In order to establish organisational justice, it is necessary to promote distributive justice (decisions which have a direct impact on employees), procedural justice (decision-making procedures), interactional justice (interactions between hierarchy and subordinates).

R&D must request :

  • Fairness towards staff members;
  • An appraisal and promotion system that takes account of actual work;
  • Active involvement of the staff during a DG’s decision-making process;
  • Transparency and communication with regard to decisions affecting the staff and their working conditions;
  • No workplace layout or removal can be carried out without the consultation and involvement of the staff concerned (see the hot-desking and open space file);
  • Improved communication between senior management and staff, which must be accurate and impartial;
  • Decision making in accordance with ethical rules, consistent and capable of adapting, according to the way in which matters are evolving;
  • A policy to prevent psychosocial risks including the prevention of psychological and sexual harassment and inappropriate behaviour

Promoting organisational empathy

Organisational empathy is the ability of a manager to put her/himself in her/ his staff’s shoes in order to understand their views. A relationship is then established based on listening and dialogue and not on management based on control or bossing around.

R&D calls for:

  • empathy at the centre of strategic and managerial conversations;
  • a secure environment by allowing staff members to exchange and express themselves freely without being called into question ;
  • collaboration through mutual assistance and collective action;
  • an ethical policy respected by all.

Development of a policy of equality and diversity

The Employment Equality Directive and the Race Equality Directive, both adopted in 2000, were designed to combat discrimination. Article 21 of the Charter of Fundamental Rights states that:

“1. Any discrimination based on any ground such as sex, race, colour, ethnic or social origin, genetic features, language, religion or belief, political or any other opinion, membership of a national minority, property, birth, disability, age or sexual orientation shall be prohibited.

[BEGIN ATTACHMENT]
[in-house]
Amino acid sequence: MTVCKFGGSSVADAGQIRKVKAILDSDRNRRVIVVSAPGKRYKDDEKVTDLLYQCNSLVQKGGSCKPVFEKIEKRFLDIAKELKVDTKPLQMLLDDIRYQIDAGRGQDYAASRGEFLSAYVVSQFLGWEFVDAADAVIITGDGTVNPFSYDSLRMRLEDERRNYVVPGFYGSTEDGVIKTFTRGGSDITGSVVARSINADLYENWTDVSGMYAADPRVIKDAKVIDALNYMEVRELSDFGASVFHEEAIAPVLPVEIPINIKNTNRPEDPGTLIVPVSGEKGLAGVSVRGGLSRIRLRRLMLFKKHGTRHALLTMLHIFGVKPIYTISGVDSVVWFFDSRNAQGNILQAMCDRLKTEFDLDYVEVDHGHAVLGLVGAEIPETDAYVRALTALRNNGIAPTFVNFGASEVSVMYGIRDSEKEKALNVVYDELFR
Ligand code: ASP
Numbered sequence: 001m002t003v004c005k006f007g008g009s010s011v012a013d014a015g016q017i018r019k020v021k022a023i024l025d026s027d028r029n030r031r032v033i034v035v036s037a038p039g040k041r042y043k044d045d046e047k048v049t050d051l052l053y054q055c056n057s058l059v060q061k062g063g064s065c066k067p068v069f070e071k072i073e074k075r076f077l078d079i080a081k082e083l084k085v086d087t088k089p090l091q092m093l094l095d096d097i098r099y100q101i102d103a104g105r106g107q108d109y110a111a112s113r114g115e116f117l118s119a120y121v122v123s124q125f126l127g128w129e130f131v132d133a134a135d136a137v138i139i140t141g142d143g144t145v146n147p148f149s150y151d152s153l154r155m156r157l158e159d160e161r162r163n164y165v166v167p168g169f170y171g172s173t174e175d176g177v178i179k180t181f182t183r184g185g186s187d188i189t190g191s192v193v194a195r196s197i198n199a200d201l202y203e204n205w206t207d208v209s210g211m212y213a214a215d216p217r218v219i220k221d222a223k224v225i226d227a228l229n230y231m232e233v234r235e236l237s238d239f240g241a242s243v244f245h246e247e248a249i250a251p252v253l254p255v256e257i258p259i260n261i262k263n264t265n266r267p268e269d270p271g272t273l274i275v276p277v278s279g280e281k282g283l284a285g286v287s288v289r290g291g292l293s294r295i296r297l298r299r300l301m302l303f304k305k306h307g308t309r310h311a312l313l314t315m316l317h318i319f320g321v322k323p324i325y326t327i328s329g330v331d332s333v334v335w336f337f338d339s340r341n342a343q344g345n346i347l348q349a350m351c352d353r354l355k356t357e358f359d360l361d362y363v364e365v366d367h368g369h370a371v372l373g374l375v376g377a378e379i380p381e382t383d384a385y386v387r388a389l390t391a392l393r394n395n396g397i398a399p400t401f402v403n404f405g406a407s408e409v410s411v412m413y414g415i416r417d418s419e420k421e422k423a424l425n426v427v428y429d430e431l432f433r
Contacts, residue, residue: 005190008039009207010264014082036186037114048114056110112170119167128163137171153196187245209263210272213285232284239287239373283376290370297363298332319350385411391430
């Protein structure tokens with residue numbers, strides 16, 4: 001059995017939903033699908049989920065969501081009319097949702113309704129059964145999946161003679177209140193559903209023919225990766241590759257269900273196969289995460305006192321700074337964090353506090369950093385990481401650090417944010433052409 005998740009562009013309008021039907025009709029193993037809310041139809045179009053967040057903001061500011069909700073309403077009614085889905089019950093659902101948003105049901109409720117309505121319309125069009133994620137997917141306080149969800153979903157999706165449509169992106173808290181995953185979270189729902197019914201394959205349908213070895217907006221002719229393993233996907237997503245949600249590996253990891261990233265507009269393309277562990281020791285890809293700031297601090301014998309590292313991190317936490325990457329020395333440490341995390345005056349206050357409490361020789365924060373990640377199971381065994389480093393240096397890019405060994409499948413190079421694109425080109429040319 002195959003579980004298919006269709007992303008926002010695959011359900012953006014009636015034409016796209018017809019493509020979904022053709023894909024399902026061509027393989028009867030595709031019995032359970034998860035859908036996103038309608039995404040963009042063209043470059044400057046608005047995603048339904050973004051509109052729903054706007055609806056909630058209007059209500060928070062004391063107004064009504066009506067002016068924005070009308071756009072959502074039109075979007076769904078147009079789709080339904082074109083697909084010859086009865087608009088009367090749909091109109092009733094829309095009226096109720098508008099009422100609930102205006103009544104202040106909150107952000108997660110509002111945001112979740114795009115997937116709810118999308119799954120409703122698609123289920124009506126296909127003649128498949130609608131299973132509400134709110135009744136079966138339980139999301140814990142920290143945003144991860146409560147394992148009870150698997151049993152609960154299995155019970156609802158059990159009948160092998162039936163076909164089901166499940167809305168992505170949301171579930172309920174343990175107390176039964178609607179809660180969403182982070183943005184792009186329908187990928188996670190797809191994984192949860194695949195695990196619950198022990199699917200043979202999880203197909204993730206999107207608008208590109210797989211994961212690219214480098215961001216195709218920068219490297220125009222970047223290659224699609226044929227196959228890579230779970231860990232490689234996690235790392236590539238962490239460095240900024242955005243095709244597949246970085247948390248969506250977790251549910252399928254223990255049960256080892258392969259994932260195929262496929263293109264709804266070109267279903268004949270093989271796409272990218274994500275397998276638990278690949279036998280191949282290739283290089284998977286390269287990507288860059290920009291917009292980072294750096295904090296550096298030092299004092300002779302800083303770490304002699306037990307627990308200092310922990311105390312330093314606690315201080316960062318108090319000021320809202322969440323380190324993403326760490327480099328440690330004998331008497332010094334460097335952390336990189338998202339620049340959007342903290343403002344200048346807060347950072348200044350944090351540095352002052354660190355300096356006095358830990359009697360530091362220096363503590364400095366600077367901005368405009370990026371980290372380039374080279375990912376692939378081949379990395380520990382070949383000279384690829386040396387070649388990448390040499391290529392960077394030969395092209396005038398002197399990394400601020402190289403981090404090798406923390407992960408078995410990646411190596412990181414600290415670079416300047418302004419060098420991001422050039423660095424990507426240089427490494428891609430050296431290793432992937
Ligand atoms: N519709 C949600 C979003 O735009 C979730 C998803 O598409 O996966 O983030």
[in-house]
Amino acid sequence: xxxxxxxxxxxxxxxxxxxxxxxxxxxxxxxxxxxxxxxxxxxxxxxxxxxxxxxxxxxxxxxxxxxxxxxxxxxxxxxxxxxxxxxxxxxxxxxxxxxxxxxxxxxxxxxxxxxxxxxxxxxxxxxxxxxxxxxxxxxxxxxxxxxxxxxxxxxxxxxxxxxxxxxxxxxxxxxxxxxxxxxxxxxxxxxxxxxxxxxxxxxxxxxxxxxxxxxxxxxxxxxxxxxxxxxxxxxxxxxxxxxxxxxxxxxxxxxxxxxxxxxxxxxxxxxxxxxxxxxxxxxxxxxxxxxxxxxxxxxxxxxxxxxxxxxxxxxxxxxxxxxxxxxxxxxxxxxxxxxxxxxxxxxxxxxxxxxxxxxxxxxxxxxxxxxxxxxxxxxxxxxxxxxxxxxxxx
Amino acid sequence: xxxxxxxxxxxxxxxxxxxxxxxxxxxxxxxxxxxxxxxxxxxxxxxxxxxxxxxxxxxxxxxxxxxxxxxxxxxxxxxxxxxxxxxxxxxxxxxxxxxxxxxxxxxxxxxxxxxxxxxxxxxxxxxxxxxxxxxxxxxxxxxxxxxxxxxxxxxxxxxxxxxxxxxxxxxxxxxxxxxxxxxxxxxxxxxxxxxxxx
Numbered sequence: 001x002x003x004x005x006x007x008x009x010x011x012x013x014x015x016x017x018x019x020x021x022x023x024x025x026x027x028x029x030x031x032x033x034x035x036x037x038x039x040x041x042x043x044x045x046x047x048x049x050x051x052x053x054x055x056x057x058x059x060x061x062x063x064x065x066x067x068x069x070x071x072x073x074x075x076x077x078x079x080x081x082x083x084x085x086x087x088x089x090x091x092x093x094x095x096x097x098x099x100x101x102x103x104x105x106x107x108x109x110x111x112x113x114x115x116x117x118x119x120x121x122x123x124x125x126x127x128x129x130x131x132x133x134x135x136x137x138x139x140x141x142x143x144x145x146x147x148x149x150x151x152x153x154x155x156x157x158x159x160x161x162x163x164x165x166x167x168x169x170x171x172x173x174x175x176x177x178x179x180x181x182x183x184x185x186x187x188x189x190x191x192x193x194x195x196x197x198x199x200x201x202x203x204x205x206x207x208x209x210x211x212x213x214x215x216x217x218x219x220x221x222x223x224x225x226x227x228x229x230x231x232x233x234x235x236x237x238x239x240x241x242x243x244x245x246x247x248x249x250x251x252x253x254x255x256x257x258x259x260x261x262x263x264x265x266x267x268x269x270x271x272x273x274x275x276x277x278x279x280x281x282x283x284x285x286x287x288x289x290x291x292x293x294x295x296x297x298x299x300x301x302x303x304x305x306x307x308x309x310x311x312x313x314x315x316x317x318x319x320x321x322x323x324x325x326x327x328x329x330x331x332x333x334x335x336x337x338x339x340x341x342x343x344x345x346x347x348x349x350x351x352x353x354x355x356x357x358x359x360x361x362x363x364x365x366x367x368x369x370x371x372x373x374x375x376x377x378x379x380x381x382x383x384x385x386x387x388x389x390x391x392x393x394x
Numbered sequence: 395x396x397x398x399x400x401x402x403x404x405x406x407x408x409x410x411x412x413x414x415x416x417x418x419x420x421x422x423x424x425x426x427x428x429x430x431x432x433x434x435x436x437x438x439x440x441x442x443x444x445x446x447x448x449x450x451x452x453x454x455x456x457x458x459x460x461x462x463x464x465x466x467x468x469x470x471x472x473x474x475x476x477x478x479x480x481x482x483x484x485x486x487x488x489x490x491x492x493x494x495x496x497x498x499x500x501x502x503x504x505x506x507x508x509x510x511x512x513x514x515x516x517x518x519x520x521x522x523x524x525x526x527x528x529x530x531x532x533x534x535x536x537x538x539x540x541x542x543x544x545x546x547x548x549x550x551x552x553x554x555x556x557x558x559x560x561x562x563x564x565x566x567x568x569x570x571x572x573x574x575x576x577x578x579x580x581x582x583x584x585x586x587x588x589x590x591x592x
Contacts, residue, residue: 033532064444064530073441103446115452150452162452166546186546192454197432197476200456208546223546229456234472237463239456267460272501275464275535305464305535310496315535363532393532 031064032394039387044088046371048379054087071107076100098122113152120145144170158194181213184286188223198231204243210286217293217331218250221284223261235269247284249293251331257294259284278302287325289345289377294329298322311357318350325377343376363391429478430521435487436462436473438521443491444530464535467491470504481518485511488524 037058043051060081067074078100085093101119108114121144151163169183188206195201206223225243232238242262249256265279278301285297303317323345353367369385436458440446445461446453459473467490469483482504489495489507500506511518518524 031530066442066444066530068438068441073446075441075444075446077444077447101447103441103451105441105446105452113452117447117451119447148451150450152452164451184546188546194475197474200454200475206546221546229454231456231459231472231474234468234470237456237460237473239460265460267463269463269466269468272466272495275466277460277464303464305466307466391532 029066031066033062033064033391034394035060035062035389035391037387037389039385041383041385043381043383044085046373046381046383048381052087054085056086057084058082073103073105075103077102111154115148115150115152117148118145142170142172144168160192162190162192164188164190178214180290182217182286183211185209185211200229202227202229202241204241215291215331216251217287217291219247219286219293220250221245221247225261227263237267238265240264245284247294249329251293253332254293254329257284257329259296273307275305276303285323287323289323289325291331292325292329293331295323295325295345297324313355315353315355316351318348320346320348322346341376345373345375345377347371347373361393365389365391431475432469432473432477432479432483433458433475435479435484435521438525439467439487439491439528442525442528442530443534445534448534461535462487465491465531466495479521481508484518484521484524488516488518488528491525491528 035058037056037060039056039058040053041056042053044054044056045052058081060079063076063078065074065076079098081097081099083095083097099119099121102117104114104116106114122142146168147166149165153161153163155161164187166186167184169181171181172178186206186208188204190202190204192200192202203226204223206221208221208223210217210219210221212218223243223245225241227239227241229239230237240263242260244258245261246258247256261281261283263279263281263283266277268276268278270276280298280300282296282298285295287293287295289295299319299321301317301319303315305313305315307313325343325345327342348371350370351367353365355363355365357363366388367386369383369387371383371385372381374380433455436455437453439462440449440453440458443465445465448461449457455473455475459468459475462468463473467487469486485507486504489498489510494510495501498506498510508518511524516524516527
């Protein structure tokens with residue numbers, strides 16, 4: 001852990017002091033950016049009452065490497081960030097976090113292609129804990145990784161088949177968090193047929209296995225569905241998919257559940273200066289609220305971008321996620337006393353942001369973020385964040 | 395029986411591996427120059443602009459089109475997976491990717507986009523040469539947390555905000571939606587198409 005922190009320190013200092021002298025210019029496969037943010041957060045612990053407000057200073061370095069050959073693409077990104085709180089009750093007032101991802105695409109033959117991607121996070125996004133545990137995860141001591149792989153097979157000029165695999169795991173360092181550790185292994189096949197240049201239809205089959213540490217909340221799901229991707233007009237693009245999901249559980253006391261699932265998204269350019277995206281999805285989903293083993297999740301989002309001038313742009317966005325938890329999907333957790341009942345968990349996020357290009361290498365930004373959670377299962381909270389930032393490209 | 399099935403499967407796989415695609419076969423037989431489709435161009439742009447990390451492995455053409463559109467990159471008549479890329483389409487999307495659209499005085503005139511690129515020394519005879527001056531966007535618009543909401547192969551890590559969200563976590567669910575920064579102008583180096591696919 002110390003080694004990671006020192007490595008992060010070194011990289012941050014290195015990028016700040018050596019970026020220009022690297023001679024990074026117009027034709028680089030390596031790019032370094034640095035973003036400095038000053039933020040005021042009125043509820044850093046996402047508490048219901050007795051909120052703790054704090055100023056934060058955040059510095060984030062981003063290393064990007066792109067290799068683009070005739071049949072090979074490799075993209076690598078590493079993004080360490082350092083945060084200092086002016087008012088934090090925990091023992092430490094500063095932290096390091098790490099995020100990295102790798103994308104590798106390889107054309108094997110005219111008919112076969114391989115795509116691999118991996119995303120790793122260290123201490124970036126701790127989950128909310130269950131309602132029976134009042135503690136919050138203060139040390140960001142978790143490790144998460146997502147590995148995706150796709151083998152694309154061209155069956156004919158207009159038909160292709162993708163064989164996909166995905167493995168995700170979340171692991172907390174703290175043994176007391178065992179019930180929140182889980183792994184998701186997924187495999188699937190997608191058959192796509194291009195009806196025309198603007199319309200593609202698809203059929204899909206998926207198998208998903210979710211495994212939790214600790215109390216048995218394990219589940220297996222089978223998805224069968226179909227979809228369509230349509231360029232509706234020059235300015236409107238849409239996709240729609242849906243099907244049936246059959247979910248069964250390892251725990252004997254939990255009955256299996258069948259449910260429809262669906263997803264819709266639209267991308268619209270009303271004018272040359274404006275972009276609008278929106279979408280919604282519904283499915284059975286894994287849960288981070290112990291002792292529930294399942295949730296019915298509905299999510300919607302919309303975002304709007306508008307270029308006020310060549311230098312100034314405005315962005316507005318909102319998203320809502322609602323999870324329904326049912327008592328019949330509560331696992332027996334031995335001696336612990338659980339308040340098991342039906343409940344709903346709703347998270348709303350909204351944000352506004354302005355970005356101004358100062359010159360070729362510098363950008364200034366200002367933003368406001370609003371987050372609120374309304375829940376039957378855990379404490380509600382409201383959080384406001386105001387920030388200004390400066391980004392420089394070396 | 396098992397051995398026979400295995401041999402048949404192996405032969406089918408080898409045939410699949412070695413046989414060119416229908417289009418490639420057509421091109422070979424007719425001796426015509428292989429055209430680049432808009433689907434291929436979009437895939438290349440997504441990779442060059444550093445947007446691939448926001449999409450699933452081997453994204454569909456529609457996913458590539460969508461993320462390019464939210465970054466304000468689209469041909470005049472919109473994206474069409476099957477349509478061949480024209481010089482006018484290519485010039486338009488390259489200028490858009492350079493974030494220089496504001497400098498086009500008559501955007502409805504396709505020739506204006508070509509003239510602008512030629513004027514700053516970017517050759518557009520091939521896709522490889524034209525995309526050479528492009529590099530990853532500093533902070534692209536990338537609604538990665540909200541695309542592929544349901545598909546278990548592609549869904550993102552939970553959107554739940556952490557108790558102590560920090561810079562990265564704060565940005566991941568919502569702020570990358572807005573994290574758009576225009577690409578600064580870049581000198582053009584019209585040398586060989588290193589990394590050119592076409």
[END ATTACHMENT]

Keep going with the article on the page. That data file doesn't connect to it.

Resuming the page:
2. Within the scope of application of the Treaty establishing the European Community and of the Treaty on European Union, and without prejudice to the special provisions of those Treaties, any discrimination on grounds of nationality shall be prohibited.”

Equality means equal treatment and equal opportunities. As regards diversity, we use the definition that would correspond to “any significant difference which makes it possible to distinguish one individual from another” (Kreitz, 2008).

R&D requests :

  • A recruitment policy with procedures to improve organisational justice
  • Better working conditions through the work station design for people with disabilities or illnesses requiring special attention
  • A conflict prevention and management policy
  • A communication policy focused on raising awareness of non-discrimination
  • Specific training for managers
  • Representativeness of staff diversity on MyIntracom, on the Commission website and on EU publications
  • Respect for cultural diversity


In order to make our workplace more attractive and willing to work there, it is more than an urgent need for the Commission to change its approach to the human resources management, by putting the HUMAN at the centre of all these decisions and no longer focusing exclusively on the budgetary side.

Staff members have been able to resist so far.

The mental health of the staff and the organisation cannot be pulled indefinitely like a rubber band because the rubber band will break sooner or later! brisera !

Let’s adopt a good prevention policy today rather than a cure tomorrow!